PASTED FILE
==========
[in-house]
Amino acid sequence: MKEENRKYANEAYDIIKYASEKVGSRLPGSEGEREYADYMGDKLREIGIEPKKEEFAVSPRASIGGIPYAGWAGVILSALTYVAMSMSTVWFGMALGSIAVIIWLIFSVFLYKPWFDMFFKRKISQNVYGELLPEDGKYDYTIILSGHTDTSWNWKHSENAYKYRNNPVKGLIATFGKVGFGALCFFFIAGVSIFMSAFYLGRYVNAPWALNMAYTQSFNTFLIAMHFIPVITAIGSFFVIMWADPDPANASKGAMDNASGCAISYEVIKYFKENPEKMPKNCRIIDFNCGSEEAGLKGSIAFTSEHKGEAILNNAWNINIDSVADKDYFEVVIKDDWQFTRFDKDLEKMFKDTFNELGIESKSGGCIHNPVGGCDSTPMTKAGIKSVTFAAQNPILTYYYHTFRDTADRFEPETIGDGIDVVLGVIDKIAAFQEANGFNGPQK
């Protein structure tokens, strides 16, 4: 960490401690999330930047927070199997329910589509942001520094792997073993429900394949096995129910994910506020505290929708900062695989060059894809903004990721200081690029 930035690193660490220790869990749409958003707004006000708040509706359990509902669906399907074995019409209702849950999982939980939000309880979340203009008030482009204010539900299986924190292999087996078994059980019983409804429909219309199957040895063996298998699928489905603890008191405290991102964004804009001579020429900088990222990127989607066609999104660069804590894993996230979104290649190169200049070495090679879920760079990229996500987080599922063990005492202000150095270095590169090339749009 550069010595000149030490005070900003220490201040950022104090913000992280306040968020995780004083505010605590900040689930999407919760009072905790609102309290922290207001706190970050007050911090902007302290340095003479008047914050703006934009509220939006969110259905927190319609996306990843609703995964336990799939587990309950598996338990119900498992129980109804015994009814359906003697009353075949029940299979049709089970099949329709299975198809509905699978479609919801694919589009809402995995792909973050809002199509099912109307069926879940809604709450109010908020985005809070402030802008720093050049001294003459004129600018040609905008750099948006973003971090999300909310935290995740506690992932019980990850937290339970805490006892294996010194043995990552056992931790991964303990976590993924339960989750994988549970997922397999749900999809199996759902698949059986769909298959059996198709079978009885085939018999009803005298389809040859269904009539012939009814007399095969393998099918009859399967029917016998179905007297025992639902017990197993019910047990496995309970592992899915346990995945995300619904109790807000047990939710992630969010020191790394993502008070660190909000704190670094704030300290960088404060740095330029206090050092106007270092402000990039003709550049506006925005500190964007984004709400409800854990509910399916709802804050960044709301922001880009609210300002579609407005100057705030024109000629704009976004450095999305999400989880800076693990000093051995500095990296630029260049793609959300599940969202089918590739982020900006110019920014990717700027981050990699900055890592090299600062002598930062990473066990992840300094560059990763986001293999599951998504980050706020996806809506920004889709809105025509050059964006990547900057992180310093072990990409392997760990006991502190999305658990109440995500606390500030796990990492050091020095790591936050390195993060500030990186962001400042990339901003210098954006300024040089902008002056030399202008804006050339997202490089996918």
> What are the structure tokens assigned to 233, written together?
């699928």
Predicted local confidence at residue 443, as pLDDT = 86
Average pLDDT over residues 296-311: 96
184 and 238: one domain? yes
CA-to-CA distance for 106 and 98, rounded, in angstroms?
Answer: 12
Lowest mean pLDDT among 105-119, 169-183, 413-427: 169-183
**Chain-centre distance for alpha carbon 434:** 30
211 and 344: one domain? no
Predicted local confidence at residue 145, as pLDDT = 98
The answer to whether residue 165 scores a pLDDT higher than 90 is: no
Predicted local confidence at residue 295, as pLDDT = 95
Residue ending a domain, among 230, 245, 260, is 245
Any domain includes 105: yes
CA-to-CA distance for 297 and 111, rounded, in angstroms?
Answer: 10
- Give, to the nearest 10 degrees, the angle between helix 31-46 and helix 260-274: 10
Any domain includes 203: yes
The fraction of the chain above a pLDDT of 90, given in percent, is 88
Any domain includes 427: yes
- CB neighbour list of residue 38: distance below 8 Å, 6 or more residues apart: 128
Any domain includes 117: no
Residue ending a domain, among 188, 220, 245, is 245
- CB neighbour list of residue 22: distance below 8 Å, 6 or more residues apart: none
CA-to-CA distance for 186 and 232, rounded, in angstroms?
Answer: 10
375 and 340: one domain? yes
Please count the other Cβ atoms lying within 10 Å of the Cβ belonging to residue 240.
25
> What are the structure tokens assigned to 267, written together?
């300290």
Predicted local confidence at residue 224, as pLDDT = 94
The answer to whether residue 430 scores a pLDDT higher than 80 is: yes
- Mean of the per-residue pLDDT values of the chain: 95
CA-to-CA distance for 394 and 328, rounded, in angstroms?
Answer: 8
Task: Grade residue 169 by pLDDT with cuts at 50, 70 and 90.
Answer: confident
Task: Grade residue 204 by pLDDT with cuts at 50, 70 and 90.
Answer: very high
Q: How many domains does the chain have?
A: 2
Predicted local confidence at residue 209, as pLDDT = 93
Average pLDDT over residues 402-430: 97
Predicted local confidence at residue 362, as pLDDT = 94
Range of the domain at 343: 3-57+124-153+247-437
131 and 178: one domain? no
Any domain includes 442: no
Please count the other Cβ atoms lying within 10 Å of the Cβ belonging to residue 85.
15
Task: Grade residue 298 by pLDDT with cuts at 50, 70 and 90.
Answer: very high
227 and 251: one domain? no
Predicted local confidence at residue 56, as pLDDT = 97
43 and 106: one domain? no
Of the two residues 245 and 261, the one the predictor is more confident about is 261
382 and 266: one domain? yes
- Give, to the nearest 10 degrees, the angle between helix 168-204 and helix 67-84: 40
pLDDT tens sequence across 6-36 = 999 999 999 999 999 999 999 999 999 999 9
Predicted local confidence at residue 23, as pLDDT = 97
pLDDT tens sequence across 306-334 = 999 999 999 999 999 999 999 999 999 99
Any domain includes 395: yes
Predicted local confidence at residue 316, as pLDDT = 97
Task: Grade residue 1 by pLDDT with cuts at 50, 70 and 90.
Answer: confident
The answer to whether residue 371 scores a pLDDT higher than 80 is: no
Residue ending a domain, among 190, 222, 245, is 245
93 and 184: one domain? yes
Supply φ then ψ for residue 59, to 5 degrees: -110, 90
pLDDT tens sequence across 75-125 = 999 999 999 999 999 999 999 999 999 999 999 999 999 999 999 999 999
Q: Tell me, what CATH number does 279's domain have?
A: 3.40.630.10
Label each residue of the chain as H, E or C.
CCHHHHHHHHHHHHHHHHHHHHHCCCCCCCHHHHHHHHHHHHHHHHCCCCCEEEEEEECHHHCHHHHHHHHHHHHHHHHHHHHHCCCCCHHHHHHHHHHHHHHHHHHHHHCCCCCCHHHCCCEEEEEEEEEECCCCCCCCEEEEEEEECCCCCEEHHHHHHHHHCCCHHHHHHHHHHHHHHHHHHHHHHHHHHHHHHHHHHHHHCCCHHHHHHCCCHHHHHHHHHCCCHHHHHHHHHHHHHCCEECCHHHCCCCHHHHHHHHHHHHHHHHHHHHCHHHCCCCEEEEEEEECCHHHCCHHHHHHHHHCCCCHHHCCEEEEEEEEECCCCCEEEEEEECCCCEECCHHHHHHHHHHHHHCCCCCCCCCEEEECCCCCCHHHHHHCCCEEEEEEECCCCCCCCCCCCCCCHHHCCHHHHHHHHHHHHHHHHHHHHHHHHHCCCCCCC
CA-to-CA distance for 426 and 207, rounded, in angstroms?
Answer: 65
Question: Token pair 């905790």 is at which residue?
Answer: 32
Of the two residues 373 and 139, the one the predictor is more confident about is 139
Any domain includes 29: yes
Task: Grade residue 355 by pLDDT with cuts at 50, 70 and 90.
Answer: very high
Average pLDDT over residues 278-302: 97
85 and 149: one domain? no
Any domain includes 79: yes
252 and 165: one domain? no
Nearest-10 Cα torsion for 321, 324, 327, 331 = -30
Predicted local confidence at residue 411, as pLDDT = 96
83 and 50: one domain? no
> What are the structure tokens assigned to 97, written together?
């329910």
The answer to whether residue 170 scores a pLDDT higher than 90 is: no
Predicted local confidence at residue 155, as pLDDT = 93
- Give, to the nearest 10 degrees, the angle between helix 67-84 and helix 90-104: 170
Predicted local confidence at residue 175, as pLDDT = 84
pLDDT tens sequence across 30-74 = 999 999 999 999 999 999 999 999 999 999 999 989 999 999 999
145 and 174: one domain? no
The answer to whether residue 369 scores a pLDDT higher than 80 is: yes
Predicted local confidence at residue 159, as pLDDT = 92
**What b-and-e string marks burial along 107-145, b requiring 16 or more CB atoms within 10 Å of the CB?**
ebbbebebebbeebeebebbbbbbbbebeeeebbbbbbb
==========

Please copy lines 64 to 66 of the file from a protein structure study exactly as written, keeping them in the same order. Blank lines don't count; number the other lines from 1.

Predicted local confidence at residue 23, as pLDDT = 97
pLDDT tens sequence across 306-334 = 999 999 999 999 999 999 999 999 999 99
Any domain includes 395: yes